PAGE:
Osama bin Laden may be America’s public enemy No. 1, but his intellectual influence is relatively limited, according to a new analysis of jihadist thought conducted by the West Point–based Combating Terrorism Center. Researchers there spent a year analyzing material from al-Qaeda’s online library and found that the most influential writers—as measured by citations in other works—are figures from the distant past, led by Ibn Taymiyya, a medieval legal scholar whose calls for holy war against Mongol invaders are particularly popular with present-day jihadists. The most-cited twentieth-century writer is Sayyid Qutb, the Egyptian intellectual often regarded as the leading theorist of modern Islamism, while the most-cited living thinker is Abu Muhammad al-Maqdisi, a Palestinian-born cleric based in Jordan. (Overall, the center notes, “the most influential Jihadi intellectuals are clerics from Jordan and Saudi Arabia, two of the US’s closest allies in the Middle East.”) Bin Laden is cited frequently, but the study’s analysis suggests that he isn’t the “key broker of information” in the jihadist intellectual network, and that his deputy Ayman al-Zawahiri, often depicted as al-Qaeda’s chief theoretician, is “totally insignificant.” The report also suggests several ways the West could wage a more successful war of ideas, from labeling jihadists “Qutbists” (it’s what rival Muslims call them, and it’s “a designation Jihadis hate since it implies that they follow a human and are members of a deviant sect”) to working with “non-violent Salafi leaders” (like Saudi clerics, for instance) whose politics may be otherwise distasteful to us, because “they are best positioned to delegitimize Jihadi violence and monitor the activities of the more militant elements of their movement.”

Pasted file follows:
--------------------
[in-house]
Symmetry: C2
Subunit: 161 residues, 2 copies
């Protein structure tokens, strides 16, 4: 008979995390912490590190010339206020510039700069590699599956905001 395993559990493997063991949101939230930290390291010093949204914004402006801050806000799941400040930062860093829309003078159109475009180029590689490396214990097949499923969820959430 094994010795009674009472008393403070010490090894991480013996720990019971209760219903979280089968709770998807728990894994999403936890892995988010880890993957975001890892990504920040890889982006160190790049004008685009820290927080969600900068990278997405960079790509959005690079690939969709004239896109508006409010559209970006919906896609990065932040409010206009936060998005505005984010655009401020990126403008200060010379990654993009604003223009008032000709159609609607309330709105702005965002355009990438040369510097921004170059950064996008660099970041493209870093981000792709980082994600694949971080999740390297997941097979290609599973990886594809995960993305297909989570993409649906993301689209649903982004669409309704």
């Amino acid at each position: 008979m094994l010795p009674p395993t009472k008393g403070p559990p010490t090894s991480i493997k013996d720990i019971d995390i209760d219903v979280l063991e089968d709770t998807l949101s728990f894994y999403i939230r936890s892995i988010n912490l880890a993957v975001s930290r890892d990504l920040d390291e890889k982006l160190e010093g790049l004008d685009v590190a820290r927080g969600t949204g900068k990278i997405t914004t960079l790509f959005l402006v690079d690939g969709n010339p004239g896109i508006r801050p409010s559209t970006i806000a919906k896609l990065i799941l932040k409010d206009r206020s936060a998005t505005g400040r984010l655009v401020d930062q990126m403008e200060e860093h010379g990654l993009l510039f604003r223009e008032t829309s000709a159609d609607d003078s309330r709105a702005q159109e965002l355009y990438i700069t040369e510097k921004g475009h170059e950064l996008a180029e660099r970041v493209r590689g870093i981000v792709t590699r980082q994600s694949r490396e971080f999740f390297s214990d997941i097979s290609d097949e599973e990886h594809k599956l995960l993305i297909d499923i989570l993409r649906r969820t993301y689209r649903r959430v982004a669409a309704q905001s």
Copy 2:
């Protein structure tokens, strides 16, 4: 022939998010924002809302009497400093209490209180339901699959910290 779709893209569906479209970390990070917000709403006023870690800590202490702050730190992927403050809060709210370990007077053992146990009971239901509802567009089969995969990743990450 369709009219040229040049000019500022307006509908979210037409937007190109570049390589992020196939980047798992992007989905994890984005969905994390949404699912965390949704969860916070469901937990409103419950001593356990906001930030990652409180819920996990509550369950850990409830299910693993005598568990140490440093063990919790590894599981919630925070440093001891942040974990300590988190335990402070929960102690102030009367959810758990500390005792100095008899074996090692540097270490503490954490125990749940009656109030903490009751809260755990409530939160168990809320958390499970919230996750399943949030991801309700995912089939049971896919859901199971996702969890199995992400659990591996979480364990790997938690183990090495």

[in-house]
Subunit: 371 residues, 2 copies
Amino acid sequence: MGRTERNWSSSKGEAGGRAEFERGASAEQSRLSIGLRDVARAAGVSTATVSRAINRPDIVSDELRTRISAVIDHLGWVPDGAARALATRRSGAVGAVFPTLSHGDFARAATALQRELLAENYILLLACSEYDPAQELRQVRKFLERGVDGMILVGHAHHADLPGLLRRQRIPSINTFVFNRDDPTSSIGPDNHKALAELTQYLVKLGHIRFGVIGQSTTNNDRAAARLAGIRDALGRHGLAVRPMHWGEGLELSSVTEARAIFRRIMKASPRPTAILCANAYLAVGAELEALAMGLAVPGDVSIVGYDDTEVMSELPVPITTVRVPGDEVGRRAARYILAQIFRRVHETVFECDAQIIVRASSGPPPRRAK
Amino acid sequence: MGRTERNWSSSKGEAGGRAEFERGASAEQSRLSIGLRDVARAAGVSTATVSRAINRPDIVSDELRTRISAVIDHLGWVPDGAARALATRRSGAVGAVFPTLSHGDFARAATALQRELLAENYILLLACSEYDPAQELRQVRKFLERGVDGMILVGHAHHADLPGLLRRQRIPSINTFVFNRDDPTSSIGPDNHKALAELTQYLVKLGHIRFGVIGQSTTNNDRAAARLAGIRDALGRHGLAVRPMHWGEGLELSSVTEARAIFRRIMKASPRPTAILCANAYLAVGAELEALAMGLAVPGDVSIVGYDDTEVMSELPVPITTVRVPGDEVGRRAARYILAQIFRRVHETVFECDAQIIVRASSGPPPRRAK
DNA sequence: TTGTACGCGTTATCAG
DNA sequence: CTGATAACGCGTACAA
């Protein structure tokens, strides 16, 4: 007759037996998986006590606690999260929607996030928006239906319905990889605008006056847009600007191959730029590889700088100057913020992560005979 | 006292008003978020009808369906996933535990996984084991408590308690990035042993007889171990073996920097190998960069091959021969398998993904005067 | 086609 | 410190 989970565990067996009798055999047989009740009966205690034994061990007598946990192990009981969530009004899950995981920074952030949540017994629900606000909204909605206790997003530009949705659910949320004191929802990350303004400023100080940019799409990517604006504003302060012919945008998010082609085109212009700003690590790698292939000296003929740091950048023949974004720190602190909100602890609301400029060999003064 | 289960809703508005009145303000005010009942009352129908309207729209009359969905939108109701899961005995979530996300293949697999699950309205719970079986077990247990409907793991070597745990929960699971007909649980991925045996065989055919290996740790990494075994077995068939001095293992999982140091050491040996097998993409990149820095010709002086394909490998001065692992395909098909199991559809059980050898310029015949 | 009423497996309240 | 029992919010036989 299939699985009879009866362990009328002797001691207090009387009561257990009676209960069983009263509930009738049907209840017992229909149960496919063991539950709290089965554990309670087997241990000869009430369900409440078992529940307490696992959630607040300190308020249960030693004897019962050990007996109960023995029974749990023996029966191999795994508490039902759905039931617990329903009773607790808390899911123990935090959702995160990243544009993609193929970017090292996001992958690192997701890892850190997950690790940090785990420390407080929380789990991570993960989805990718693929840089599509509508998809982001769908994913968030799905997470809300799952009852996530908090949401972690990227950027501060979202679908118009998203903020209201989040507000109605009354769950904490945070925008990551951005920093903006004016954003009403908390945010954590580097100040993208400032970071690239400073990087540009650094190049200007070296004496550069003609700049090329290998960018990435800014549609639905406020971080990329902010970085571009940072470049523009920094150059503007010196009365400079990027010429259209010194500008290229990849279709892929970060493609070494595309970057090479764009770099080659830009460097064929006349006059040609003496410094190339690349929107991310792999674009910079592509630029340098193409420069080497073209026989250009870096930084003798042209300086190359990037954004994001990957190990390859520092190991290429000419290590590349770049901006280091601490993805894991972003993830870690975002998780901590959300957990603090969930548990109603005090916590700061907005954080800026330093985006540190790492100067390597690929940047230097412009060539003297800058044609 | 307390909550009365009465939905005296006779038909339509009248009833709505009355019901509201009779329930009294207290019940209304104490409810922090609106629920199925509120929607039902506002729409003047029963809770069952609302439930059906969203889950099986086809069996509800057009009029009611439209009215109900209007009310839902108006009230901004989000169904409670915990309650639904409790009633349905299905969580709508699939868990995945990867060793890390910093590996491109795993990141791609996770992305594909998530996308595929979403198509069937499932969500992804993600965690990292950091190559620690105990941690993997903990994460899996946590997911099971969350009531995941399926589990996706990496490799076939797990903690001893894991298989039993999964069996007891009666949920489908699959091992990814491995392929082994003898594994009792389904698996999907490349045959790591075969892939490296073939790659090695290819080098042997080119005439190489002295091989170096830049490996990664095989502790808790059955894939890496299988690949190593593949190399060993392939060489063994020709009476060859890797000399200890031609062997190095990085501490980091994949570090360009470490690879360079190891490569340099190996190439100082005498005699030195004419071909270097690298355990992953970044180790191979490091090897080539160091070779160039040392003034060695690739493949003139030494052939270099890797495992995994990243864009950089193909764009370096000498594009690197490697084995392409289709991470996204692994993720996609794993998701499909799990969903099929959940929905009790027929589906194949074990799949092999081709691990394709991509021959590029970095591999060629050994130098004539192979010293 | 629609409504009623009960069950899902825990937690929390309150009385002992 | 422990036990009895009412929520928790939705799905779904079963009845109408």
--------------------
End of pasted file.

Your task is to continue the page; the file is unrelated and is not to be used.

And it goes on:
—Militant Ideology Atlas, Combating Terrorism Center
—“Spirit and Power: A 10-Country Survey of Pentecostals,” Pew Forum on Religion and Public Life
—“Same-Sex Couples and the Gay, Lesbian, Bisexual Population: New Estimates from the American Community Survey,” Gary J. Gates, the Williams Institute on Sexual Orientation Law and Public Policy
Drinking may impair your motor skills and romantic judgment, but—if you’re a man, at least—it can fatten your wallet, two new studies suggest. In the first, a pair of health economists found that American males who drank heavily when they were tenth-graders in 1990 earned more money in 2000, on average, than their peers who were teetotalers as teens. (The researchers found no such link for women.) Meanwhile, a study from the libertarian Reason Foundation reports that self-described drinkers (male and female) earn 10 percent to 14 percent more than nondrinkers. Drinking, the authors argue, may help build the kinds of social networks that lead to workplace success. The Reason study also finds that men who frequent bars at least once a month earn a further 7 percent wage boost. For women, however, regular barhopping has no discernible effect—on earnings, anyway.